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AR and VR as Next Generation Technologies: Is your IT Infrastructure Ready?

Daniel Sim, Director, Channel Business, Vertiv Asia | March 21, 2017
The growth AR and VR means new challenges for IT leaders. Here's your guide to the key technology considerations.

Vertiv Logo This article is sponsored by Vertiv

Executive Trialing AR and VR Technologies

Something interesting is happening today in the tech world: smartphones are now starting to take a backseat in terms of "new technologies." What's replacing it? Virtual Reality (VR), Augmented Reality (AR), drones and even robots. If last year's Consumer Electronics Show (CES) here in Asia was any indication, it's that many organizations are now racing to develop the latest in "intelligent" technology.


Among these technologies, VR dominates trend predictions for 2017 with a promise of a Virtual Experience Economy in the future. While VR is largely associated with games and entertainment (VR horror games, anyone?), it has the potential to be used in more meaningful ways such as in education (development of STEM education), research, and possibly in healthcare. On the other hand, we are all familiar with AR thanks to Pokemon Go.


In the near future, AR and VR are set to become more prolific and more accessible to tech savvy consumers. For organizations looking to mine this potential, technology and infrastructure must be robust enough to handle the surge in demand and avoid disappointing consumers. At the core of it all, IT leaders must invest in bolstering and modernizing the data centre to enable widespread adoption of these technologies.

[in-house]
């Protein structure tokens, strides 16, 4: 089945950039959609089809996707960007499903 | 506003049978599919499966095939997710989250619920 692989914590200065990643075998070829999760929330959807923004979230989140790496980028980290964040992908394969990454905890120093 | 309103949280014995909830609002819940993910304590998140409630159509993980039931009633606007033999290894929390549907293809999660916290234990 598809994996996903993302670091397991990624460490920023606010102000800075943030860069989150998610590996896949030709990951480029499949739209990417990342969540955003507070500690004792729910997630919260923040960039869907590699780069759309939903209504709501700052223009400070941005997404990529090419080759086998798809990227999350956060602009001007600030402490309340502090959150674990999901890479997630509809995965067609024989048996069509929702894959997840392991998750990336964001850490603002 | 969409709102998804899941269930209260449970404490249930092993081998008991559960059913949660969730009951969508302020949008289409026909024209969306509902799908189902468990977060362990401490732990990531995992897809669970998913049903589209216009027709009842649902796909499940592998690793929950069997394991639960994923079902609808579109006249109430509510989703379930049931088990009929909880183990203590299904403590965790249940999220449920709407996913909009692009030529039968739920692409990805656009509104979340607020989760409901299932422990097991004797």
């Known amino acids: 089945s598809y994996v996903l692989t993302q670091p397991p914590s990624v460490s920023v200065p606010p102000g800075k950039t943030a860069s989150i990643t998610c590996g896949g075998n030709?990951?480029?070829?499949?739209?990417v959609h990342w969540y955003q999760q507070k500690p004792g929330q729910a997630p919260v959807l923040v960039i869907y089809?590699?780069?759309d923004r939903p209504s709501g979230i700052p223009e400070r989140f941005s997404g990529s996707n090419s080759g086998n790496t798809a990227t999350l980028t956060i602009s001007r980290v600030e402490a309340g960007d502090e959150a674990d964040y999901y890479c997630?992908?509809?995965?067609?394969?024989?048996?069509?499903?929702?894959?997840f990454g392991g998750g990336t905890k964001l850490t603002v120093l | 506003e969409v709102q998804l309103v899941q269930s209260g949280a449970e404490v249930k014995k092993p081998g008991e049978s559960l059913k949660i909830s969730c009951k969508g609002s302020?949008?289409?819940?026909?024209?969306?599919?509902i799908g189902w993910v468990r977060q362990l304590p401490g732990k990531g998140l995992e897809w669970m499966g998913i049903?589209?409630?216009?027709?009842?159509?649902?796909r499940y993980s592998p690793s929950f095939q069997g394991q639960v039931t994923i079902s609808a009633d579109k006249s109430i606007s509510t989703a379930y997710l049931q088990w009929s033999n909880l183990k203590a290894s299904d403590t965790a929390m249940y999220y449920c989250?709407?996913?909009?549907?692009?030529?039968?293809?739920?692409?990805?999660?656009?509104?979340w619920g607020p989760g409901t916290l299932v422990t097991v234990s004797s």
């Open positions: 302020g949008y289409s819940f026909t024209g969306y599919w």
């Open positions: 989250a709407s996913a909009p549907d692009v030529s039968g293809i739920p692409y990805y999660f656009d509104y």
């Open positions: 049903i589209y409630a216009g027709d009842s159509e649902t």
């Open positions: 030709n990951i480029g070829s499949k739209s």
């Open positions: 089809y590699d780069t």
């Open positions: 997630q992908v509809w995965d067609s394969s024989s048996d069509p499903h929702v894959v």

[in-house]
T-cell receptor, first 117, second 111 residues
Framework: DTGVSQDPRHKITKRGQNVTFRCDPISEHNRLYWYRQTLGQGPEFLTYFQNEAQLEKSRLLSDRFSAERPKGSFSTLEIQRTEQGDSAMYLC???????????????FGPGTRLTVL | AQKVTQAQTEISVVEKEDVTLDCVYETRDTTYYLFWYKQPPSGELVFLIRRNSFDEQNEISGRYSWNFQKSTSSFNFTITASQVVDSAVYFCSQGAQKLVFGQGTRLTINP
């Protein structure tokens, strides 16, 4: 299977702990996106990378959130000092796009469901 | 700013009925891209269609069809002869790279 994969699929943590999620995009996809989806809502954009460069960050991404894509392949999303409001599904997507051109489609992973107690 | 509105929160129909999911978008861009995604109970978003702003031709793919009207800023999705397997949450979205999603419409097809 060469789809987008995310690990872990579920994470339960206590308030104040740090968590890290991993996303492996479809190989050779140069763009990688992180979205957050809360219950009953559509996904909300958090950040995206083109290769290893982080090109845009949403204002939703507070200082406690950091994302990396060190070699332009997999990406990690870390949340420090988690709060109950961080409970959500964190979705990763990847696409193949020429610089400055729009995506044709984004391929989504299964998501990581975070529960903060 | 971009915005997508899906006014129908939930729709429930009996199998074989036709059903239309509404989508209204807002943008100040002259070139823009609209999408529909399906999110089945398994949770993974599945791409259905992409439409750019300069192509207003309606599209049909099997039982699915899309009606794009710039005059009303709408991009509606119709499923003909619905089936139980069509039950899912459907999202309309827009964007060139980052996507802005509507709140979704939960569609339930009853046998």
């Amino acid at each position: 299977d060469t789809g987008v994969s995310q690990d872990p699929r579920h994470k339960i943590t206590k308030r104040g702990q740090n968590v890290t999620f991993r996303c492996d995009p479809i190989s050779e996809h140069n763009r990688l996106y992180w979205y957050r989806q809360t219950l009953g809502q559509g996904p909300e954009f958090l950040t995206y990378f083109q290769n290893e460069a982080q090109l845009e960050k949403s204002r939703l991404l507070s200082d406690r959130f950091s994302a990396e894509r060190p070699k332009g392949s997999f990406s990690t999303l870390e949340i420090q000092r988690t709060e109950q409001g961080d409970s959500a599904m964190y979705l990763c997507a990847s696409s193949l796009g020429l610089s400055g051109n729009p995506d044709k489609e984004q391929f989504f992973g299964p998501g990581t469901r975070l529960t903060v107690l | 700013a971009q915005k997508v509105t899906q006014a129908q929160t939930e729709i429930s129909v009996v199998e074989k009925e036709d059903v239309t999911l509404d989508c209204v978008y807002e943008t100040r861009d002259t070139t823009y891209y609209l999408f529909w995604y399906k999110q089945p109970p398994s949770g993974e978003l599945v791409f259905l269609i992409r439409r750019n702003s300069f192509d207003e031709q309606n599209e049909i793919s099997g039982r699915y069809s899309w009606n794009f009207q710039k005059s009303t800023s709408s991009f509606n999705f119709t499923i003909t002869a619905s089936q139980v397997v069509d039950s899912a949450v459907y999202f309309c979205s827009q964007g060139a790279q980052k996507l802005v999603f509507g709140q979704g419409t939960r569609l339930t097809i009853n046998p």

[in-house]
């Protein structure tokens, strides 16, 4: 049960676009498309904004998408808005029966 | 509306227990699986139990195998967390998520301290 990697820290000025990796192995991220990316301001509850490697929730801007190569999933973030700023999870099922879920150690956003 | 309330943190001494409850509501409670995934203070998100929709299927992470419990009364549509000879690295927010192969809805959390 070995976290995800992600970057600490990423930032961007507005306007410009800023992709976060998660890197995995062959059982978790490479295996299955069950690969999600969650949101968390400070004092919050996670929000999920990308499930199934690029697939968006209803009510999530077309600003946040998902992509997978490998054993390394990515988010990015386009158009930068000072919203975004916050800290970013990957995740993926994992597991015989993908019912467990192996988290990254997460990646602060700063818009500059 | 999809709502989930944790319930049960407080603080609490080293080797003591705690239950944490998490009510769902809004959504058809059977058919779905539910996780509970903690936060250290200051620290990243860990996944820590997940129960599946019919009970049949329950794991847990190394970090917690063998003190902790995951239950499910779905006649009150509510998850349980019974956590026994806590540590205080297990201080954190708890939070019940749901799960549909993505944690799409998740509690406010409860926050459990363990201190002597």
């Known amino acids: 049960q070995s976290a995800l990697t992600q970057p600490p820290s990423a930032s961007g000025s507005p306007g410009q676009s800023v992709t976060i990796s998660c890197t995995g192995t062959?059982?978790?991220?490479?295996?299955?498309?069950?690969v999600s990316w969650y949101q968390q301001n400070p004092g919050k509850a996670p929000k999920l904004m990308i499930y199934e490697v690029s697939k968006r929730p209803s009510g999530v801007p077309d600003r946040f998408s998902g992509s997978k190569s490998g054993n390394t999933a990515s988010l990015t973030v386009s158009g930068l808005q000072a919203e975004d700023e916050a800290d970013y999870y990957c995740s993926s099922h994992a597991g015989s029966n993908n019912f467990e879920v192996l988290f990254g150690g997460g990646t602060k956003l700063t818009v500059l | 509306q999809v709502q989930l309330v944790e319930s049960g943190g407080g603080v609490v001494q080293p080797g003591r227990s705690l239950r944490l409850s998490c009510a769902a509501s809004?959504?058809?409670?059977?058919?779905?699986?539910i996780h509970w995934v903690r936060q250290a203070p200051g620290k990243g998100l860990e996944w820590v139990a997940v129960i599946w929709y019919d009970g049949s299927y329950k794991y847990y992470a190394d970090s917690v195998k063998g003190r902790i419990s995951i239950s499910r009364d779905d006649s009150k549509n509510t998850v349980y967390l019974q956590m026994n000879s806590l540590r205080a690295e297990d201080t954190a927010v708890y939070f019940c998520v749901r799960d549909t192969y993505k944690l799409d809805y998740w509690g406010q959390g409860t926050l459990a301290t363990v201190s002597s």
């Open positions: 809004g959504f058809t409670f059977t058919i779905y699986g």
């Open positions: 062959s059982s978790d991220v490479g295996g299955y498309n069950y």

Vertiv has just released an e-book to guide IT decision makers and leaders for their VR and/or AR deployments. I have listed down a few key areas that you can explore to help you prepare for your own VR/AR journey:


Managing massive data volumes


VR and AR applications require a huge amount of data and delivering these experiences across the network will present a major challenge. It is estimated that a video at the 6K resolution used by the GearVR headset could be 20 times the size of today's full HD video.


To facilitate this, VR will require significant investment in upgraded broadband networks. This is something that policy makers and businesses alike are working on. These advances in connectivity and video compression are something that technologists need to be watching closely. Understanding where to source effective solutions should be top of mind. As VR scales up, IT leaders will also need to start selecting data centre locations based on broadband and network capabilities.


Edge computing


While IT professionals have little control over broadband infrastructure, they can explore edge computing. Edge computing places data centres closer to end users so that compute power, storage and analytics reside locally. This strategy provides an alternative to the traditional approach where data centers are remote and data has to travel vast distances before it can be processed. Edge computing will be critical to ensuring that immersive experiences are delivered seamlessly.


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